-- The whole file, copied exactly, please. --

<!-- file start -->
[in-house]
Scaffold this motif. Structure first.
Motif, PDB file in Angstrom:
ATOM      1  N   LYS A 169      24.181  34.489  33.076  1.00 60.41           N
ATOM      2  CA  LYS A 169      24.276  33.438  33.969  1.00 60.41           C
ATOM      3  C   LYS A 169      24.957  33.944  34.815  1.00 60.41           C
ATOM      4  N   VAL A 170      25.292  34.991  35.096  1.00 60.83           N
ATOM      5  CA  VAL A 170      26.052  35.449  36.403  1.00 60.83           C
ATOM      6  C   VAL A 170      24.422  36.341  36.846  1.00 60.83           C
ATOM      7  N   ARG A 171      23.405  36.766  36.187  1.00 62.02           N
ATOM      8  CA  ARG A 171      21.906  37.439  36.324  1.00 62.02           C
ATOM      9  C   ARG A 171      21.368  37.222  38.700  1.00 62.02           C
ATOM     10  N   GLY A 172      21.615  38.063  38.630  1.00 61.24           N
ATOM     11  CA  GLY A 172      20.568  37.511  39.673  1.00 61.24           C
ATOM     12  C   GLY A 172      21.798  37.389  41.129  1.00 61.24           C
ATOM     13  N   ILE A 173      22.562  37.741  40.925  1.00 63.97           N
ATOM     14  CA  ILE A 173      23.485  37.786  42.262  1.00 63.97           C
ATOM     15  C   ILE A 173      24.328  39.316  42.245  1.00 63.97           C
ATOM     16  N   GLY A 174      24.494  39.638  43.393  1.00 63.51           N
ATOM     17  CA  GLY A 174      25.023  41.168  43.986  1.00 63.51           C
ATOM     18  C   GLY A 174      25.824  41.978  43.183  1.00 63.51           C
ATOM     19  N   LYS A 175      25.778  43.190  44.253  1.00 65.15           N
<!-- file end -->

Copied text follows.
[in-house]
Scaffold this motif. Structure first.
Motif, PDB file in Angstrom:
ATOM      1  N   LYS A 169      24.181  34.489  33.076  1.00 60.41           N
ATOM      2  CA  LYS A 169      24.276  33.438  33.969  1.00 60.41           C
ATOM      3  C   LYS A 169      24.957  33.944  34.815  1.00 60.41           C
ATOM      4  N   VAL A 170      25.292  34.991  35.096  1.00 60.83           N
ATOM      5  CA  VAL A 170      26.052  35.449  36.403  1.00 60.83           C
ATOM      6  C   VAL A 170      24.422  36.341  36.846  1.00 60.83           C
ATOM      7  N   ARG A 171      23.405  36.766  36.187  1.00 62.02           N
ATOM      8  CA  ARG A 171      21.906  37.439  36.324  1.00 62.02           C
ATOM      9  C   ARG A 171      21.368  37.222  38.700  1.00 62.02           C
ATOM     10  N   GLY A 172      21.615  38.063  38.630  1.00 61.24           N
ATOM     11  CA  GLY A 172      20.568  37.511  39.673  1.00 61.24           C
ATOM     12  C   GLY A 172      21.798  37.389  41.129  1.00 61.24           C
ATOM     13  N   ILE A 173      22.562  37.741  40.925  1.00 63.97           N
ATOM     14  CA  ILE A 173      23.485  37.786  42.262  1.00 63.97           C
ATOM     15  C   ILE A 173      24.328  39.316  42.245  1.00 63.97           C
ATOM     16  N   GLY A 174      24.494  39.638  43.393  1.00 63.51           N
ATOM     17  CA  GLY A 174      25.023  41.168  43.986  1.00 63.51           C
ATOM     18  C   GLY A 174      25.824  41.978  43.183  1.00 63.51           C
ATOM     19  N   LYS A 175      25.778  43.190  44.253  1.00 65.15           N